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How to Write Emails Your Donors Want to Read

Emails have multiple things going for them as part of your nonprofit inbound marketing strategy. They’re free. They’re instant. They’re able to be personalized and customized to meet the needs of your specific donors. They can also be used to relay all types of information to an extended audience with a quick click of the mouse. But all these benefits don’t mean much if no one even reads them.

Check out a lineup of tips that can help you write emails your donors are eager to open and even more eager to read.

Write an Enticing Subject Line

A full 35 percent of folks say they choose whether or not to open an email based on the subject line alone. That means yours has to be good to get results. The most enticing subject lines are typically:

  • Short and related to the content, usually six to eight words
  • Personalized, incorporating recipient names or otherwise directed at the reader
  • Authentic, avoiding spam triggers like all caps or spammy words like “free”

Make it Scannable

This tip applies to all types of nonprofit inbound marketing, but especially emails. Most donors aren’t going to read your email word for word. Leaving lots of white space, using bold headers, a relevant image and otherwise making the email quick to absorb at a glance increases its chances of being viewed.

Track Results

The only way you’ll know if your emails are working is if you track results. Most email marketing platforms show open rates and click rates of emails, indicating how many people opened your email and how many clicked a link within it. High open rates mean your subject line was on target. Low click rates can indicate your email copy could use a boost.

Say Thank You

Sending out thank you emails is a terrific way to show your appreciation – without asking for absolutely anything. Sincere thank you emails tend to feature:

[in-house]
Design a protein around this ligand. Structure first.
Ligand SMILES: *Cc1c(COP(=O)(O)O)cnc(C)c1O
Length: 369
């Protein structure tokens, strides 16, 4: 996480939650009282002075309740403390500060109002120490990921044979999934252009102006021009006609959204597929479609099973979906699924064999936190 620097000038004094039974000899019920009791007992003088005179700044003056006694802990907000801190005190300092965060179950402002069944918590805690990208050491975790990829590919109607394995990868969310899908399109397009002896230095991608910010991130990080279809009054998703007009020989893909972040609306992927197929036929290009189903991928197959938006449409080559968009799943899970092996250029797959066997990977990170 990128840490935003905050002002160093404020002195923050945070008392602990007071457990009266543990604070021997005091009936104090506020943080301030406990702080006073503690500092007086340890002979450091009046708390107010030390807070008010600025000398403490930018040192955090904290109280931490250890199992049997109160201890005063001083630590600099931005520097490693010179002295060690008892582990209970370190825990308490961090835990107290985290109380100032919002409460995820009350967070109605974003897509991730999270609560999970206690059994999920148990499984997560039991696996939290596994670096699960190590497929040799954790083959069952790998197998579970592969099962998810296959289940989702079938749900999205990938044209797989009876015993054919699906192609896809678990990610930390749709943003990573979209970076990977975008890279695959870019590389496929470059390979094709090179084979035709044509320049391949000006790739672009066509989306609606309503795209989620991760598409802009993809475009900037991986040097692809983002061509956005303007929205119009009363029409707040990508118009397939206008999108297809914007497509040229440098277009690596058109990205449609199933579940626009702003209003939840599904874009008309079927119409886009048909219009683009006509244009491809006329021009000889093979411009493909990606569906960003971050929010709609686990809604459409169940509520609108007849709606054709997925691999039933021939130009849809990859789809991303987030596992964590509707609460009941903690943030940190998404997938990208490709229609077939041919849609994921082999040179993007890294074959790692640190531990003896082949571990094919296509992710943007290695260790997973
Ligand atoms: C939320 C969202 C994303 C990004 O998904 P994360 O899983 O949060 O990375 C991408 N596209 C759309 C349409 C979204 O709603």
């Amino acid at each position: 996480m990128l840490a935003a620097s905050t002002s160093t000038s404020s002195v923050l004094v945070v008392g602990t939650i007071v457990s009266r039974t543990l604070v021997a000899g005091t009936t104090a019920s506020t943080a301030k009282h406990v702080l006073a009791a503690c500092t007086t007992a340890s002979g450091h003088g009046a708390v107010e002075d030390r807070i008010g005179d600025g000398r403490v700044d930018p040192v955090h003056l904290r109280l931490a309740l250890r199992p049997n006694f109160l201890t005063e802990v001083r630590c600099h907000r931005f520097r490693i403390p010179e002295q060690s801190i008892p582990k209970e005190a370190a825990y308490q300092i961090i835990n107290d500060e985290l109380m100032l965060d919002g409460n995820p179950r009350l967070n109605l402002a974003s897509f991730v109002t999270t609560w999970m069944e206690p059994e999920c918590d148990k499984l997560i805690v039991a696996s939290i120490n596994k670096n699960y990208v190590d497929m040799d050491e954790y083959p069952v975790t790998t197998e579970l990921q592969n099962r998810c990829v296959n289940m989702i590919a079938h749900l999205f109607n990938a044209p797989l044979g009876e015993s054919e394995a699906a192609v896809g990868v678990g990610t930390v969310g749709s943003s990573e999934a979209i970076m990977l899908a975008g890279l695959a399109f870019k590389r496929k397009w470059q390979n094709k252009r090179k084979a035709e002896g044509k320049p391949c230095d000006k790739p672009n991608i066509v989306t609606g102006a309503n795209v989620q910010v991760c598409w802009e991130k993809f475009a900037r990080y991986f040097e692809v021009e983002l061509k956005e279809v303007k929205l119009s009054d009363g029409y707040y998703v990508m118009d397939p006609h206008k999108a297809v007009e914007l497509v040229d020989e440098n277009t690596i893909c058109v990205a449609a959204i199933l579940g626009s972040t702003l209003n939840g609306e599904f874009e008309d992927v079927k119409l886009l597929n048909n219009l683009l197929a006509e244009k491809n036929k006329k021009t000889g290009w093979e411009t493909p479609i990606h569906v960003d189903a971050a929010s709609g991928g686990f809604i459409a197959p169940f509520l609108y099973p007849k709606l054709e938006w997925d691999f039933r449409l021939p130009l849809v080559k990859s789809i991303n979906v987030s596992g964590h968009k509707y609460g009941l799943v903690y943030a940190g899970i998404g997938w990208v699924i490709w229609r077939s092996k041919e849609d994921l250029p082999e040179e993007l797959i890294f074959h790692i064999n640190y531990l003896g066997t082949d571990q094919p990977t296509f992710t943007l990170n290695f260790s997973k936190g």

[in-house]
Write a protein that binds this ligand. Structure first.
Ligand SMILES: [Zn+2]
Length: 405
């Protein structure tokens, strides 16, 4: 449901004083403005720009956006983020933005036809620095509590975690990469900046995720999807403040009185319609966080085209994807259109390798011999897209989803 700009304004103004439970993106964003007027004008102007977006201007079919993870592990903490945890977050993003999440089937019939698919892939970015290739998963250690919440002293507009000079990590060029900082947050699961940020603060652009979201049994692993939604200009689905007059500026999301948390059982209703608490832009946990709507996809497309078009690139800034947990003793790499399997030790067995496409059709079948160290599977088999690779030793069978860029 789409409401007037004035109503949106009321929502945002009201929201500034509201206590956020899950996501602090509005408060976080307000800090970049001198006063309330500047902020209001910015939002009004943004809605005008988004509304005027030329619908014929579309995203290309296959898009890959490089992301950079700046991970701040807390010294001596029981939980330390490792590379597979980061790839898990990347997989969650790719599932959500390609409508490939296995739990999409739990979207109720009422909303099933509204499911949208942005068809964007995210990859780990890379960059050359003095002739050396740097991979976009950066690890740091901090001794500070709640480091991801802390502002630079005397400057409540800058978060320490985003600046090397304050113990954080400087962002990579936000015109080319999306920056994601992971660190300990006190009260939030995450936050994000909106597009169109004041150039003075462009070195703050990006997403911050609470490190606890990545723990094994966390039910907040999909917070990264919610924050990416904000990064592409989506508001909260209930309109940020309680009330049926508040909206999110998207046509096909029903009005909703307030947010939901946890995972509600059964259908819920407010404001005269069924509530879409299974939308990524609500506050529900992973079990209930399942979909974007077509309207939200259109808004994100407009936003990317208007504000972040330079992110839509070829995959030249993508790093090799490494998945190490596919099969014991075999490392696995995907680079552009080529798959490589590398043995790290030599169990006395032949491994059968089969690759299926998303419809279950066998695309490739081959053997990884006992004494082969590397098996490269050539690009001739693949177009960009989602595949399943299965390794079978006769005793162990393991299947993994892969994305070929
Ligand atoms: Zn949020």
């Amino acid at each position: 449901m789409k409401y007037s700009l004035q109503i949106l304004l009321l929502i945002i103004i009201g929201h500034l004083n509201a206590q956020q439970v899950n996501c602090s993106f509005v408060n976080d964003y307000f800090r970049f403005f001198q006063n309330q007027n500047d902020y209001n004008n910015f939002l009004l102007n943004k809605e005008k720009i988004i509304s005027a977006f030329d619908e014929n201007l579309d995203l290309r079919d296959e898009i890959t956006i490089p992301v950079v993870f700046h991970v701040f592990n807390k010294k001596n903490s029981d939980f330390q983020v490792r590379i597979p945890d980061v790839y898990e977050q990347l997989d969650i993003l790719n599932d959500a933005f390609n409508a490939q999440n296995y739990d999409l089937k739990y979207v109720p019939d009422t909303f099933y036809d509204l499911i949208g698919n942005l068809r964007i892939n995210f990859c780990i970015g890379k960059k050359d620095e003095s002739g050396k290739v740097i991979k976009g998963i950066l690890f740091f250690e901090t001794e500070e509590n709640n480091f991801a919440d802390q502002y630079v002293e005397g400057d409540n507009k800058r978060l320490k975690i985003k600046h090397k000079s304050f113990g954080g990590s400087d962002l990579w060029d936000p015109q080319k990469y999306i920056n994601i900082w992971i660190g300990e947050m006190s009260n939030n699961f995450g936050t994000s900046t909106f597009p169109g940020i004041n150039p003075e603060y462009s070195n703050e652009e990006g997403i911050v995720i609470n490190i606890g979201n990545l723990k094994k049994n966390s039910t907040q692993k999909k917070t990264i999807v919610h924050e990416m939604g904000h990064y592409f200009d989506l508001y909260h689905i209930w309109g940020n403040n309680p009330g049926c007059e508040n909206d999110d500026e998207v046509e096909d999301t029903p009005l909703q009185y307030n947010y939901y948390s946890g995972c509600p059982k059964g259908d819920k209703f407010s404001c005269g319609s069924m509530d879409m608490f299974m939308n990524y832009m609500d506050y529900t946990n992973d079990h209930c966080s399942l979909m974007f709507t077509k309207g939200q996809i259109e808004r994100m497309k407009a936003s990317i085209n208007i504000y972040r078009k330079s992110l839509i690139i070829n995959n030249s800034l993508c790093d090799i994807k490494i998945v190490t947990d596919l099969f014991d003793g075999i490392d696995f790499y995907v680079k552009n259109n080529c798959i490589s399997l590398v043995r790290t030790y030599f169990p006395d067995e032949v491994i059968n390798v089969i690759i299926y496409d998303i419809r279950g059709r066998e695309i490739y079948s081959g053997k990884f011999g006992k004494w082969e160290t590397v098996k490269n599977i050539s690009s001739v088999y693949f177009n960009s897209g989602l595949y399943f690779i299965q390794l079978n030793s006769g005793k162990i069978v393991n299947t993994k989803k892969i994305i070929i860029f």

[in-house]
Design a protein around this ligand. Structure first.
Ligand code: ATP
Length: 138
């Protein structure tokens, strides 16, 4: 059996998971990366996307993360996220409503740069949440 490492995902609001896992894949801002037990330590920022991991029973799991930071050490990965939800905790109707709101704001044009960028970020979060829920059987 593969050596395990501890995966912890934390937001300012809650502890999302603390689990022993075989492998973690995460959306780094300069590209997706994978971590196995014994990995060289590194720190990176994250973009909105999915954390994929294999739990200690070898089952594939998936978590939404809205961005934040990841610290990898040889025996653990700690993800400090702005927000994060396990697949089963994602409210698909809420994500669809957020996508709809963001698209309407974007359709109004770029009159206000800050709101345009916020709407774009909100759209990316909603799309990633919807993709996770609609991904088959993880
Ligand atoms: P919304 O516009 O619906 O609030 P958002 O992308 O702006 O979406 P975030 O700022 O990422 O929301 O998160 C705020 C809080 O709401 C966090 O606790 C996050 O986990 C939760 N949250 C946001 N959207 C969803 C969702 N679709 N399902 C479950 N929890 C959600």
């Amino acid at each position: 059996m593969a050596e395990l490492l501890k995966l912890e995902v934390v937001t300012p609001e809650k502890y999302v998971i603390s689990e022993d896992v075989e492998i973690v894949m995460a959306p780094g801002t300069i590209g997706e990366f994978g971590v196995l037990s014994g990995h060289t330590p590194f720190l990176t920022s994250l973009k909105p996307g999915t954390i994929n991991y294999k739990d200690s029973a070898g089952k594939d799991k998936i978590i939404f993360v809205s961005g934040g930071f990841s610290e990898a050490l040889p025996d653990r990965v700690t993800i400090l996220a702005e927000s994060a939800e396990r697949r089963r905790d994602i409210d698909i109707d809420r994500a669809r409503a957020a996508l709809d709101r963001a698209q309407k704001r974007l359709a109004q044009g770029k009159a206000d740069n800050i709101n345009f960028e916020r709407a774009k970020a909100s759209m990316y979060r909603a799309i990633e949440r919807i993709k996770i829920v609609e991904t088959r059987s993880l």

• The words “Thank You” in the subject line, the email copy, and in any images
  • The recipient’s name and title as a salutation
  • Specific reference to the support they provided that deserves thanks

Tell a Story

Telling a story is another way to give your donor marketing emails some intrigue, especially if the story is about people helped by their donations. Use anecdotes, statistics or interviews outlining the positive effects of their contributions.

Stories can also focus on volunteers, board members or the donors themselves, noting how and why each person was drawn to your organization and its mission.

See Also: 9 Tips for Telling Your Nonprofit’s Story

Educate Your Donors

Donors are likely to open emails if they contain educational content they want to read. Think about what your donors would be interested in, such as topics related to philanthropy, your cause or your community. You can write up your own educational content, or you can share articles from other fundraising and nonprofit blogs.

Share Updates

Keeping your donors in the loop of what’s happening within your organization may not only be interesting, but it also builds trust that helps ensure they’re donations keep coming. Send out emails announcing things like organizational leadership changes, new systems or software that affects donors, or links to articles and blog posts that recognize your nonprofit for the good it’s doing.

Include Other Ways to Get Involved

Donations aren’t the only way people can contribute to your organization, and existing donors may be apt to take on additional roles if they know they exist. Send out emails outlining the variety of ways people can help, such as volunteering at your office or an event, assisting with fundraisers, purchasing a membership or serving on your board.

Send to the Right Audience

Your donor emails should go to your donors, and no one else. Prospects or strangers may not share the level of interest in your organization that you know your donors already have.

You can target your donor emails even further by breaking down your donors into groups and writing specific emails for each group. Groups may include one-time donors, recurring monthly donors, annual donors and those who have reached a certain level of contributions.

See Also: Best Practices for Creating Buyer Personas for Your Nonprofit

Add a Clear Call to Action

Every email you send needs to include a clear call to action that urges the audience to take some type of action after reading the email. While you may be tempted to simply ask them to “Donate Now,” calls to action can also include clicking on a link, viewing your website, reading more about your organization or other activities that don’t involve giving money. Use only one CTA per email so readers don’t get distracted and take no action at all.

Combine these tips, mixing and matching them as desired, and you have the ideal recipe for donor marketing emails that actually get opened and read. 

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